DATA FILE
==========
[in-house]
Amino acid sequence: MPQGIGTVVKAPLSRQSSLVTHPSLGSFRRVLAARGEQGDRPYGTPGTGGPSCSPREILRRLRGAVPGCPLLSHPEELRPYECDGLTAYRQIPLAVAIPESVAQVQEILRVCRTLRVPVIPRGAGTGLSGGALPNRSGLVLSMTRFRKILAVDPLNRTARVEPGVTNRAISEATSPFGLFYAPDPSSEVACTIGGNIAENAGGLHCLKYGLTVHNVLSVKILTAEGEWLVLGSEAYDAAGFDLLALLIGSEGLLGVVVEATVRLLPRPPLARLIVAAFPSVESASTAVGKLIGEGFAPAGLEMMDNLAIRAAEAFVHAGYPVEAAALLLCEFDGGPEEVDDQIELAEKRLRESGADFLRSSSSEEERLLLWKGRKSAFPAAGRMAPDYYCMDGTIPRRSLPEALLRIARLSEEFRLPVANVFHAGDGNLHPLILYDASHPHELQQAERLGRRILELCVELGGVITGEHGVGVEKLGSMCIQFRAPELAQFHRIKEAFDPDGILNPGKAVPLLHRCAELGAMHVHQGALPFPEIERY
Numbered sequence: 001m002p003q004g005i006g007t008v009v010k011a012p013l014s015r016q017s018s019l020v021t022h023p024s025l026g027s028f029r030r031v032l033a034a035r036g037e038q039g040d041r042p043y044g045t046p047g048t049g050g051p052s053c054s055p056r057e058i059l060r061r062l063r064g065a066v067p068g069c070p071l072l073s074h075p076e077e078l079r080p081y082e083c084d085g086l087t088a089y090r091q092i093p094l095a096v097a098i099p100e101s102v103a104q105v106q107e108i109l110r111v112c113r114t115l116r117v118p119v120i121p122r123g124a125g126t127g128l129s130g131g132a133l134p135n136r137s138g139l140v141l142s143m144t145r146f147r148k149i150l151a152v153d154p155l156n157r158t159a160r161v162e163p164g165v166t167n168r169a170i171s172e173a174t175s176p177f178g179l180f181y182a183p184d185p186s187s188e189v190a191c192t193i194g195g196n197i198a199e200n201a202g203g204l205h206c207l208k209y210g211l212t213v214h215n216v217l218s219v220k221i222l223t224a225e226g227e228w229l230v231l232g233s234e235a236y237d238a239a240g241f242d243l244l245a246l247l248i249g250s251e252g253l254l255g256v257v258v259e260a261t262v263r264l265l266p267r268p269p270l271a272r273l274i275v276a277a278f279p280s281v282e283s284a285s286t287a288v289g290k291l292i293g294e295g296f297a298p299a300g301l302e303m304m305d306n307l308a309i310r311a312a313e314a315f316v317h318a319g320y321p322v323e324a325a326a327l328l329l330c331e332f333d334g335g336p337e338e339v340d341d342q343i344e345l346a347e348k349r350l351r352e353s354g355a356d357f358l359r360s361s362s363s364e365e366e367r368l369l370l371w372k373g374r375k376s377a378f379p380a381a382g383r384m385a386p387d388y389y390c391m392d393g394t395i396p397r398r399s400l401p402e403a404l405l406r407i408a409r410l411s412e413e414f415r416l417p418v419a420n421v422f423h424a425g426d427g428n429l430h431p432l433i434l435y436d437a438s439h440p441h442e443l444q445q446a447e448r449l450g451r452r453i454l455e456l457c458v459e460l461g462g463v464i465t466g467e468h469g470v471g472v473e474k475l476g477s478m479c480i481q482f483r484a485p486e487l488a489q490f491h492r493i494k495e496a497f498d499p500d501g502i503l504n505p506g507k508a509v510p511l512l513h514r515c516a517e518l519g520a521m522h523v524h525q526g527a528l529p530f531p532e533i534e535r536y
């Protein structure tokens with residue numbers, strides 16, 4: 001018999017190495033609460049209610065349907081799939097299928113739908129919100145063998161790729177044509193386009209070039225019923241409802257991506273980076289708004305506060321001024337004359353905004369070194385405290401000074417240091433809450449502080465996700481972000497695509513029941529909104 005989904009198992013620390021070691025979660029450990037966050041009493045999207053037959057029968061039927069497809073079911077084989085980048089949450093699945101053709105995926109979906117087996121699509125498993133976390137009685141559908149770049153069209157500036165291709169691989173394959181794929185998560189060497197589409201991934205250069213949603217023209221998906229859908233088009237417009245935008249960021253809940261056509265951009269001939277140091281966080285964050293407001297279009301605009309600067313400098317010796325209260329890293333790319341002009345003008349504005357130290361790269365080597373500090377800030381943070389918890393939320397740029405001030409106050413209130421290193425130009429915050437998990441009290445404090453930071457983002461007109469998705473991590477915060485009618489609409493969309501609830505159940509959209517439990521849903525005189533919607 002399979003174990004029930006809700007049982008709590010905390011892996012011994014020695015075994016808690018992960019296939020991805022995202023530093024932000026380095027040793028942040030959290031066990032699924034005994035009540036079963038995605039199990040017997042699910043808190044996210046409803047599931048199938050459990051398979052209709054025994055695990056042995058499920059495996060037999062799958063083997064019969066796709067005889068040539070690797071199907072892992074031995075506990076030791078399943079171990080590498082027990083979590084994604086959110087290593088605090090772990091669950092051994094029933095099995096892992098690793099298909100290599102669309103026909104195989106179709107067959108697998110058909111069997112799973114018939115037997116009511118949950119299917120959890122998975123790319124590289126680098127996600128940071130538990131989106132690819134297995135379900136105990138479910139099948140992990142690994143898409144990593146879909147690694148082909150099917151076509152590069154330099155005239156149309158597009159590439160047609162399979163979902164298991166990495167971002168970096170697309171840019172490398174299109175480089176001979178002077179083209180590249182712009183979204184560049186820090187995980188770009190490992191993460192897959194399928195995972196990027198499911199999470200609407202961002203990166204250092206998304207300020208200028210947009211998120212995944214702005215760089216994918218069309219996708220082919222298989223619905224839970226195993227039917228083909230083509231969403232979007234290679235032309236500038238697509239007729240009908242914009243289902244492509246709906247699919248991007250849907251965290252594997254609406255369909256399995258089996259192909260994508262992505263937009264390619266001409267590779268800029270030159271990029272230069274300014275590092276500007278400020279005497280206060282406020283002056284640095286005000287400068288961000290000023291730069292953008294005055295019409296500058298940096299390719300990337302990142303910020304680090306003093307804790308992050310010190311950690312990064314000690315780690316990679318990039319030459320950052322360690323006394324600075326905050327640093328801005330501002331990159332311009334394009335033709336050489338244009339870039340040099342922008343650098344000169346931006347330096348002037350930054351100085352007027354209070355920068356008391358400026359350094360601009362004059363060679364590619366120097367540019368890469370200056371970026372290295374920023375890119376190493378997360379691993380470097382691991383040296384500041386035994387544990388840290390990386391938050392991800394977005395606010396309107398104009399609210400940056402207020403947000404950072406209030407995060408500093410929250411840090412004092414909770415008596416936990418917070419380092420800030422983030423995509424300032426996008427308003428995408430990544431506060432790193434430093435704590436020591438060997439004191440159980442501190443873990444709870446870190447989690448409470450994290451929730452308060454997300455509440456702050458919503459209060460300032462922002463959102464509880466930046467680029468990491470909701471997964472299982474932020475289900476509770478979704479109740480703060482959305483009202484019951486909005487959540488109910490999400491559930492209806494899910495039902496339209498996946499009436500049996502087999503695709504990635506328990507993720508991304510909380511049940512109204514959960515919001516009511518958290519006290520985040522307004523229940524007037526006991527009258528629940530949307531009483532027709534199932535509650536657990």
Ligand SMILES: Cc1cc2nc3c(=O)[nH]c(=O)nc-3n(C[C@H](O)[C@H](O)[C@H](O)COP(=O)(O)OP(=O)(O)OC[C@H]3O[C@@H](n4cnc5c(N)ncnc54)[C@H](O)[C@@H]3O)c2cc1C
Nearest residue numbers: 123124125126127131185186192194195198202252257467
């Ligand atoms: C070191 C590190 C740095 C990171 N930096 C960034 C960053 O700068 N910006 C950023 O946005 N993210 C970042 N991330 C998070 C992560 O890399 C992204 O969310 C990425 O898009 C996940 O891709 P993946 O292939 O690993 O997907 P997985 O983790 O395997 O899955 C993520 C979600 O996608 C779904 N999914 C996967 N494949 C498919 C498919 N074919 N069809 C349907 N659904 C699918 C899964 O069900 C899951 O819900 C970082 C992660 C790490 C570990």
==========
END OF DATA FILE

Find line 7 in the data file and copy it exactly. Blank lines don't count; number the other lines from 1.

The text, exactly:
């Ligand atoms: C070191 C590190 C740095 C990171 N930096 C960034 C960053 O700068 N910006 C950023 O946005 N993210 C970042 N991330 C998070 C992560 O890399 C992204 O969310 C990425 O898009 C996940 O891709 P993946 O292939 O690993 O997907 P997985 O983790 O395997 O899955 C993520 C979600 O996608 C779904 N999914 C996967 N494949 C498919 C498919 N074919 N069809 C349907 N659904 C699918 C899964 O069900 C899951 O819900 C970082 C992660 C790490 C570990």